Stretch-out trustsArticle added by Julius Giarmarco on January 14, 2010
Ranked: #23 (2,197 pts)
What is your retirement plan -- 401(k), 403(b), IRA, Roth IRA, etc. -- worth? To you, the answer is as simple as looking at your latest account statement. But to your heirs, your retirement plan could be worth far, far more. The reason is that after your death, the tax law does not force your heirs to liquidate (or cash-out) your account. Rather, it allows them to "stretch-out" your account. That is to say, your heirs are allowed to liquidate your account piecemeal over time, in progressively increasing portions (see chart below). This allows your heirs to put that potent duo -- time and tax-deferred compounding -- to work for them.
The value of a stretch-out
Use the table below to estimate the "stretch-out" value of your retirement plan. First, find the age closest to the age of your heir. Next, pick a rate of return that you think your retirement plan will earn after your death. Finally, multiply the value of your retirement plan (or, if you are older than age 70 ½, the value of your retirement plan less your required minimum distribution [RMD] for this year, if not yet taken) by the number found in the box where age and rate of return meet. The product is the stretch-out value of your retirement plan, or, the total of all of the RMDs that would be paid to your heir should you die this year and should your heir choose to stretch-out (and not cash-out) your account.
Let's take two examples. First, assume that Frank, age 77, has a $500,000 traditional IRA. He has not yet taken his $24,000 RMD for this year. Frank named his son, Steven, age 45, as the sole beneficiary of the IRA. If Frank dies this year, if his IRA earns 6 percent per year going forward, and if Steven stretches-out, Steven will receive $1,972,544 ($500,000 - $24,000 = $476,000 x 4.144) in total RMDs over his (IRS-assumed) 37-year life expectancy. Though these distributions will be subject to income tax at Steven's rates, the tax is only due when an RMD is paid. Moreover, even though Steven is under age 59 ½, the 10 percent penalty will not apply to any of his RMDs.
Next, assume Gertrude, age 85, owns a $750,000 Roth IRA that she plans to leave to her granddaughter, Amy, age 25. Gertrude would like to know the cumulative total of payments that would be made to Amy over Amy's 57-year (IRS-assumed) life expectancy, assuming a 7 percent rate of return, and assuming that Amy stretches-out. The stretch-out value of Gertrude's account is $10,770,000 ($750,000 x 14.360). Gertrude did not have to reduce the $750,000 by her RMD for the year because Roth IRA owners are not subject to the RMD rules, only Roth IRA beneficiaries are. In addition, because RMDs from Roth IRAs are totally tax-free, Amy will pay neither an income tax nor the 10 percent penalty tax on any of the $10,770,000 distributed!
The role of trusts
The stretch-out opportunity is, however, somewhat illusory because its success depends upon a number of things "going right." First and foremost, if a retirement plan is left to an heir outright, he or she must continually resist the temptation to cash-out. This is easier said than done for most heirs. Second, the heir must avoid all the misfortunes that can bring creditors into the picture. These include liability from operating automobiles or watercraft, from professional malpractice, from serving as an officer or director of a business, from home ownership, from business ownership, from personal guarantees, from divorce, etc. This is critical because case law in this area over the past decade (summarized on the chart below) has clearly demonstrated that there is virtually no creditor protection for inherited IRAs left outright to heirs.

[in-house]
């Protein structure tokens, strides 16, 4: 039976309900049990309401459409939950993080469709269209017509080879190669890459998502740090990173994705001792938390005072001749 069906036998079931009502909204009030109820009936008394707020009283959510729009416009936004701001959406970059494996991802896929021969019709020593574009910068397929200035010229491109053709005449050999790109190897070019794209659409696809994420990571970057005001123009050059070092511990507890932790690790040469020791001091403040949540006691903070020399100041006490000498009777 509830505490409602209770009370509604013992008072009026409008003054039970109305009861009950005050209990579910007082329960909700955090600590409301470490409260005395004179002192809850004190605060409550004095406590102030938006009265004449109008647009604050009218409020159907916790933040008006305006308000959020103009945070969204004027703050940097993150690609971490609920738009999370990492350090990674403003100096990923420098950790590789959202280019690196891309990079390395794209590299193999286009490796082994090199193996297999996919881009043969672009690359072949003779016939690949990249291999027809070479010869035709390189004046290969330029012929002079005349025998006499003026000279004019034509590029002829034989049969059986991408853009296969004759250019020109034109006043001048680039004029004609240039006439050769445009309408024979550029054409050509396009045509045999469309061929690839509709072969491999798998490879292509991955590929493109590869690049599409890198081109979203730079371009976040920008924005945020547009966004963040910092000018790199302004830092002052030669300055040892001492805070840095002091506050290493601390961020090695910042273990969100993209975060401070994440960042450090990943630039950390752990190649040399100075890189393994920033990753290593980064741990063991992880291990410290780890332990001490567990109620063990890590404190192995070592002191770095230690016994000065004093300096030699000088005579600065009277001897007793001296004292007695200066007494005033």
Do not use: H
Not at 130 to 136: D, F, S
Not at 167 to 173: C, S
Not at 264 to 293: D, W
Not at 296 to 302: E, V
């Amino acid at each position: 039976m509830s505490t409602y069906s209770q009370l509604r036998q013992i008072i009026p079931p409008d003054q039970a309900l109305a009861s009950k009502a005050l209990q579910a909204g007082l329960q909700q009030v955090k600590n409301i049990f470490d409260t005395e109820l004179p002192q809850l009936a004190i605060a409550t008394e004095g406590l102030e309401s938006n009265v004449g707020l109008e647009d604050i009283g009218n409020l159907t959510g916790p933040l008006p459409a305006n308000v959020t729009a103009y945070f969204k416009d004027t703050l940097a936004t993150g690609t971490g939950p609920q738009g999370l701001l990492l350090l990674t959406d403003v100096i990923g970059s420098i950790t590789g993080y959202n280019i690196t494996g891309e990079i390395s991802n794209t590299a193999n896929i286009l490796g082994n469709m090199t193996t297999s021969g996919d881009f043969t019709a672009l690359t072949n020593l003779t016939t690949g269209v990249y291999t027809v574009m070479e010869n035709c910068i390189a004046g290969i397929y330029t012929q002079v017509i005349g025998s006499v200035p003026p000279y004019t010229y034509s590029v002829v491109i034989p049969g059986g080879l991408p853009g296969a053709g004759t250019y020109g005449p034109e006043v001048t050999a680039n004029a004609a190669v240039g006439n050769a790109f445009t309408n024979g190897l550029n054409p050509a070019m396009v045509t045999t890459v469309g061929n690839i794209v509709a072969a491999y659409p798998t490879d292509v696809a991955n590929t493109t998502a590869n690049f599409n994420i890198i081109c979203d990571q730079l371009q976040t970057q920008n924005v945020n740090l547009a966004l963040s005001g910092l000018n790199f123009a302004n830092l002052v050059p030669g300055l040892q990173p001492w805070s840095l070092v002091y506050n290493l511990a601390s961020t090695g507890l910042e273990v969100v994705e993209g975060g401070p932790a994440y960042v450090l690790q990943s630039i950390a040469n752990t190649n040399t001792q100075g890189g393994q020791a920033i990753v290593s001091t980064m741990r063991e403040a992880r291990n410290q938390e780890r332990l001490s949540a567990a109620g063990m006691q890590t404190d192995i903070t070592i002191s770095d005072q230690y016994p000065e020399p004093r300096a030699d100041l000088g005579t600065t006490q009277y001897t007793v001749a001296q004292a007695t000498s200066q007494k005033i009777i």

Trusts can help on both fronts. First, a properly designed "stretch-out" trust can eliminate the cash-out temptation by eliminating the cash-out option. Instead, the trustee is directed to take only the RMD from the account. And, should the primary beneficiary die before the account is depleted, future RMDs would be paid to those chosen by the IRA owner -- not the primary beneficiary. This means that the benefit of the stretch-out will stay within the IRA owner's bloodline.
Second, a properly designed stretch-out trust is a legal person separate and apart from its beneficiary. Thus, the trust owns the account, not the beneficiary. Since a creditor can take only what a beneficiary owns, a creditor of a stretch-out trust beneficiary can, at best, take RMDs when paid from the trust. The following chart summarizes the advantages of a bequest of a retirement plan to a stretch-out trust versus an outright bequest.
What to do next
A retirement plan can be a windfall inheritance because of the ability to stretch-out. Though a trust is not strictly needed for a stretch-out to occur, experience has shown that heirs (particularly younger ones) rarely, if ever, stretch-out. And even should an heir have enough self-discipline to stretch-out, an outright bequest still allows a retirement plan to pass outside the bloodline or to creditors.
If you are serious about your heirs' enjoying the maximum benefit possible from your retirement plan, be sure to establish and name stretch-out trusts as beneficiaries of your retirement plans. Your heirs will be glad that you did.
The author would like to acknowledge the significant contributions made by his partner, Salvatore J. LaMendola, in the preparation of this article.
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